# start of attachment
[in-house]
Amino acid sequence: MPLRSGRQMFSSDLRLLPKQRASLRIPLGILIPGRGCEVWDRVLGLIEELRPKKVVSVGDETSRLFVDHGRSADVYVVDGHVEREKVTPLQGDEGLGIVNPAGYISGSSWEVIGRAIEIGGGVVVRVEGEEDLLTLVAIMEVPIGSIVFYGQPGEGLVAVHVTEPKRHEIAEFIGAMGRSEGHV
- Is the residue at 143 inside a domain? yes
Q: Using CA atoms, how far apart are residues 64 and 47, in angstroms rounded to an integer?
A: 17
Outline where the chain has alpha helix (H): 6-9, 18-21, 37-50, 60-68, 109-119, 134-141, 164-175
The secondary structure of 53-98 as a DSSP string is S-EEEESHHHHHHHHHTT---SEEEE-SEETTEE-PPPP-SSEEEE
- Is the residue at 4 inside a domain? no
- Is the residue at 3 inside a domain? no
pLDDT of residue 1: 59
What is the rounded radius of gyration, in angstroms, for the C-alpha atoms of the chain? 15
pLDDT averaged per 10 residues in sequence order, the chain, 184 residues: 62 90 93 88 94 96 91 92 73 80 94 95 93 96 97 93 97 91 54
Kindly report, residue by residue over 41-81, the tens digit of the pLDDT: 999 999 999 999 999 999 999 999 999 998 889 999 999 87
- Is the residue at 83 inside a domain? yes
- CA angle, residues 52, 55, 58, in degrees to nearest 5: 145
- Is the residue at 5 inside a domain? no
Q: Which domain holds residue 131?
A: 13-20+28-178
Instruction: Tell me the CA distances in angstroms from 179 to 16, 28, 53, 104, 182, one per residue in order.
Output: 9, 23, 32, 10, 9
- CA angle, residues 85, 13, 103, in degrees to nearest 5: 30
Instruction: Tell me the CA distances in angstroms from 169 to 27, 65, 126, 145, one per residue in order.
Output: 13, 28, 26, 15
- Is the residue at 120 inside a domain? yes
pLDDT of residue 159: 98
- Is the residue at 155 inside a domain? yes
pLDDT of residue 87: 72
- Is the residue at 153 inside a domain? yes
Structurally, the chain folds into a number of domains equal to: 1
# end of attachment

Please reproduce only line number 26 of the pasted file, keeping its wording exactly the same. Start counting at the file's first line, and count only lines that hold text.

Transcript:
- Is the residue at 155 inside a domain? yes